4. I'm not sure if it's fair to play when one doesn't know the answer to one's "and just what, exactly, is that?" question. I came across this wire on my desk. I'm sure it came with something, but I can't figure out what.The picture is of a long wire with an earphone plug on one end and an LED on the other. It does absolutely nothing if I plug it into the earphone jack on my PC or MP3 player. It lights up the LED if I partially insert it into the MIC jack of the PC, but not if inserted fully.More info. On the back of the LED is some sticky tape, as if the LED was meant to be mounted on something. Only a small, spherical LED in that Plicky's head shaped end lights up. LED on a wire
  5. Thanks for the replies. I realize that the info was sketchy at best. I had also set the system to log errors to the event log, but I could never see them in there after the reboots.I think I have the bootable Memtest86 here, doesn't do her much good there. I'll be talking to her later and see how comfortable she feels downloading and running a memory test.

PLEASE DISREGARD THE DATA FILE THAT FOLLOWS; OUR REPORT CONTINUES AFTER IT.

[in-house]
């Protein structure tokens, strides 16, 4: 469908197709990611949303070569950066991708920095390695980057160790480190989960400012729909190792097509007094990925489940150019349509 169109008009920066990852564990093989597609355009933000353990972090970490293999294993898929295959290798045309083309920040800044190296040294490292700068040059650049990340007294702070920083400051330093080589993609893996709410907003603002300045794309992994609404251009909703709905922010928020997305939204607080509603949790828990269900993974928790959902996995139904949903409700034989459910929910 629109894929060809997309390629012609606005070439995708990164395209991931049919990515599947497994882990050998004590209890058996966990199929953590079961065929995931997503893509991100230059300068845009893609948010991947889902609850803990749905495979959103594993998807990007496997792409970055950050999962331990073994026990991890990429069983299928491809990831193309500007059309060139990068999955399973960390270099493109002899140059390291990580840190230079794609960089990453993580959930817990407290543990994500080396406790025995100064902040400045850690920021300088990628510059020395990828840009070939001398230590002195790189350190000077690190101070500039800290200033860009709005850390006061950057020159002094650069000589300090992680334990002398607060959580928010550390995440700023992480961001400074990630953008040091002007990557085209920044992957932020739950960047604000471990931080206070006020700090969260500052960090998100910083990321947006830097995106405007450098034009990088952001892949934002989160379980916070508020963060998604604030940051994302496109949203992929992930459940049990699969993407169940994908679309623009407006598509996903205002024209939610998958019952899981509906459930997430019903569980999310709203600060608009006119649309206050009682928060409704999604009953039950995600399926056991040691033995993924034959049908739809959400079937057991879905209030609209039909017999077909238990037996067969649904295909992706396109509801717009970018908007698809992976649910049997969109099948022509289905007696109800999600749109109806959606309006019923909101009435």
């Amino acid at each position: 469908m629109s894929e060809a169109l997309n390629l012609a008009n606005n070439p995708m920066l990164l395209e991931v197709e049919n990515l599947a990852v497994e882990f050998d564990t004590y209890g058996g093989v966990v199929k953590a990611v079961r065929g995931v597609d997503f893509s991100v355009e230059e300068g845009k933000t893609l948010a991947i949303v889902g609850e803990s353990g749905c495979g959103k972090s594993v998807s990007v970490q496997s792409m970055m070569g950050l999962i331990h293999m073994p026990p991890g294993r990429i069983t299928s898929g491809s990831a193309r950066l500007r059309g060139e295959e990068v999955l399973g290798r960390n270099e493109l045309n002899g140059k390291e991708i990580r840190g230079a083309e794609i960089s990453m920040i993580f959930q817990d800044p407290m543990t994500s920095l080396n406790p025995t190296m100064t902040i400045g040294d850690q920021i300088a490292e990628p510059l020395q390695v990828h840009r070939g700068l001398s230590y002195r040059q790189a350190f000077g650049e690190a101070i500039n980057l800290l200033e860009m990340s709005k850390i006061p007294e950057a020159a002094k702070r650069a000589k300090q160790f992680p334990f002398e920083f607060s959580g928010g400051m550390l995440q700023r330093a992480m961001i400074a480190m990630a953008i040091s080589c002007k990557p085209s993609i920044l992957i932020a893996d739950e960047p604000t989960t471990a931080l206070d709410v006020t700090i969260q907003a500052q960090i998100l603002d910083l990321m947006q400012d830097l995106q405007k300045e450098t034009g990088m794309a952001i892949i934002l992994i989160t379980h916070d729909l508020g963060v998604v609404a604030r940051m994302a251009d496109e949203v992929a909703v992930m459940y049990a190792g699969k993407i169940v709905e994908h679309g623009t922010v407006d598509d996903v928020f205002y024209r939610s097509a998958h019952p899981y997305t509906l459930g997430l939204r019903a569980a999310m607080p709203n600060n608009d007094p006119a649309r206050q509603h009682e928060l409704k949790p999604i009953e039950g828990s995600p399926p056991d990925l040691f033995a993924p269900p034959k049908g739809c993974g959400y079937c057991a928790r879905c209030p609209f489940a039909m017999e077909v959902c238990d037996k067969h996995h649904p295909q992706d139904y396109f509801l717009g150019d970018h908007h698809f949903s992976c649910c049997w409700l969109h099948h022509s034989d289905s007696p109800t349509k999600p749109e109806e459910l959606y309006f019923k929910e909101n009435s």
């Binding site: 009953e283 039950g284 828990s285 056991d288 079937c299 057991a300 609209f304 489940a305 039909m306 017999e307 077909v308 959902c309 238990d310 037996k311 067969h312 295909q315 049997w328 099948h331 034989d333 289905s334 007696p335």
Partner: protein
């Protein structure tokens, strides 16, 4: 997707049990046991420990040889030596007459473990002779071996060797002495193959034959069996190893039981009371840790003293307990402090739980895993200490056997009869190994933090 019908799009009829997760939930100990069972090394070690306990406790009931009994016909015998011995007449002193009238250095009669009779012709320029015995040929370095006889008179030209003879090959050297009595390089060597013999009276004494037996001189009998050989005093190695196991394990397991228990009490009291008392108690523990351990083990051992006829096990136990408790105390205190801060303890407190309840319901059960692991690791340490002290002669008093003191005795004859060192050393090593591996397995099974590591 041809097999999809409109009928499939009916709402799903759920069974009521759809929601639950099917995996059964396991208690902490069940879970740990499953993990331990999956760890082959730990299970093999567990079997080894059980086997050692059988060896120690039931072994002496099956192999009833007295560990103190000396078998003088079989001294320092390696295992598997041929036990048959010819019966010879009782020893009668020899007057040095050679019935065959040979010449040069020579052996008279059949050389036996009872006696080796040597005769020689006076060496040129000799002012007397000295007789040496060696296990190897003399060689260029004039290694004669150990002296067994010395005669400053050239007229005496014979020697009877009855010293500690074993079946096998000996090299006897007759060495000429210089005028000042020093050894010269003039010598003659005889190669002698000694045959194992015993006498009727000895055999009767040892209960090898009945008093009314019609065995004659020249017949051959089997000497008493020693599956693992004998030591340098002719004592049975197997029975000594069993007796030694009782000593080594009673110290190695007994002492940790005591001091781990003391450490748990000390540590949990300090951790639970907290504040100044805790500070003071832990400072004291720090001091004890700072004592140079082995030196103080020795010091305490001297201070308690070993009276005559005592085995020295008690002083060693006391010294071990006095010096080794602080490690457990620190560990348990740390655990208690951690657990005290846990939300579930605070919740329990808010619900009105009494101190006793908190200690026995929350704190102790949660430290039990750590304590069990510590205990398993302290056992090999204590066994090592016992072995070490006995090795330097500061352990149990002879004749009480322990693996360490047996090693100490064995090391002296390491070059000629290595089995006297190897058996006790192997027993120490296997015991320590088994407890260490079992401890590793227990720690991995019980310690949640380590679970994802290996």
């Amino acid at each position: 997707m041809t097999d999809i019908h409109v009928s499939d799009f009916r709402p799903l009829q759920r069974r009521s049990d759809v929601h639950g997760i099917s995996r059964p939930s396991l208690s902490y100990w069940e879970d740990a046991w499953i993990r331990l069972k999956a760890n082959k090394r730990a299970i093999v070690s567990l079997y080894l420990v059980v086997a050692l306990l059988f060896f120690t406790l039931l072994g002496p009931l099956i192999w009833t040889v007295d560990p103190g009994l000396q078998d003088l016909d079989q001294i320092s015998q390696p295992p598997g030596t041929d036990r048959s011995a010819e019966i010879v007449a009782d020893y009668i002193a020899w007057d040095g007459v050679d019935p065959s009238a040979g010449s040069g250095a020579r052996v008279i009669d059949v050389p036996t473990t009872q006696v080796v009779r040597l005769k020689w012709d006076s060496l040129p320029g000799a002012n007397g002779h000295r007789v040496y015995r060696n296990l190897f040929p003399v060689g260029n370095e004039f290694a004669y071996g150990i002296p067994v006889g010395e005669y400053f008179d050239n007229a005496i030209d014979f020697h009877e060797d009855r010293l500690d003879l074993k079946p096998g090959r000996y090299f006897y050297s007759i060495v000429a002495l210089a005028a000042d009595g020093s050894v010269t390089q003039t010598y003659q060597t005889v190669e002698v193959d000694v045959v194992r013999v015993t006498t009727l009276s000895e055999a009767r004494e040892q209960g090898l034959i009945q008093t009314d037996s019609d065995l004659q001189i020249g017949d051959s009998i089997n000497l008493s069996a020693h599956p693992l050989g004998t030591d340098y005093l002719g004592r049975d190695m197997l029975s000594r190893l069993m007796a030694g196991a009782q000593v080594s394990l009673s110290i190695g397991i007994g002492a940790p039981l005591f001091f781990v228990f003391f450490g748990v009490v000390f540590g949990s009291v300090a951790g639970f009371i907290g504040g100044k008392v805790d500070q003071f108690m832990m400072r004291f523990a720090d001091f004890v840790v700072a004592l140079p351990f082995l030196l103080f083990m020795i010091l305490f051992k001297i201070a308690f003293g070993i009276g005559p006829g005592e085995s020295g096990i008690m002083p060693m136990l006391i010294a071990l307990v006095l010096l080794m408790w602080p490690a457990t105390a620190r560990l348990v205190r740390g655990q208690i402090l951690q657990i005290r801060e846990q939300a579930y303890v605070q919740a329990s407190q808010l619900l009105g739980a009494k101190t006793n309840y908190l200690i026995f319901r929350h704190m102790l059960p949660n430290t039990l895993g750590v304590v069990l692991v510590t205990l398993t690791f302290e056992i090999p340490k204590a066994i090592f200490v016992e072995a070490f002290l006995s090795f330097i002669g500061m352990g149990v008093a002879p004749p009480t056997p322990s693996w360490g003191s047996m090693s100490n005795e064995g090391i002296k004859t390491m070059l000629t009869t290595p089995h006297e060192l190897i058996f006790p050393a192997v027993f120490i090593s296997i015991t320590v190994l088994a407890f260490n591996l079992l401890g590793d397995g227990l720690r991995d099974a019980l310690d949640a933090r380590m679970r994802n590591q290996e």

6. A little background. Please bear with me. My windows XP machine is 6000 miles away. It should be recording television for me to watch overseas, instead it is getting periodic BSODs of the IRQL_NOT_LESS_OR_EQUAL flavor. I knew about these before I left home, but I didn't know how to fix them. I replaced my video driver, which seemed to be the culprit, but within a week of my arrival overseas, the machine was unreachable (through either SSH or VPN). I had a friend reboot and all was OK. When I remoted in to the desktop, I could see that she had rebooted and the Beyond TV interface was running, which happens after a reboot. The system stayed up for all of three hours. Then the machine was again inaccessible.Perhaps I can't remotely fix the BSOD, but I want the machine to restart after the BSOD. I can work from there as the SSH server runs as a service and accepts logons remotely. There is a system setting: Settings/System/Advanced/Start up and Recovery(settings): System Failure: Restart after system failure. All of my Google searches found hits where people were complaining about restart loops. The advice to them: uncheck this box. In my case, I want the system to restart. My friend who reboots the box for me is 9 time zones away and cannot get to my machine whenever I want it restarted. Usually, I want to watch TV when she's at work or she's asleep. And she also gets out and about living that life she calls her own.OK. Perhaps it's more than a "little background". Here's the question: why won't the machine reboot as indicated by that checkbox. I've seen this work on another machine. Is there something else wrong with the BSOD computer, or do reboots not happen after the IRQL... BSOD?Edit to add some tech info:Dell Desktop with 3 GB memory. ATI X600 video (i think that's the correct model), Runs Win XP SP2. It's an OEM version. The Dell originally came with Windows Media center, but that had limited networking capabilities. Happaugue PVR 500 MCE dual video card. This latter replaced the Dell dual tuner card which no 3rd party software seemed to support. Lastly, the machine runs Beyond TV to record shows and I use Orb.com to broadcast. When it works, it works well for me.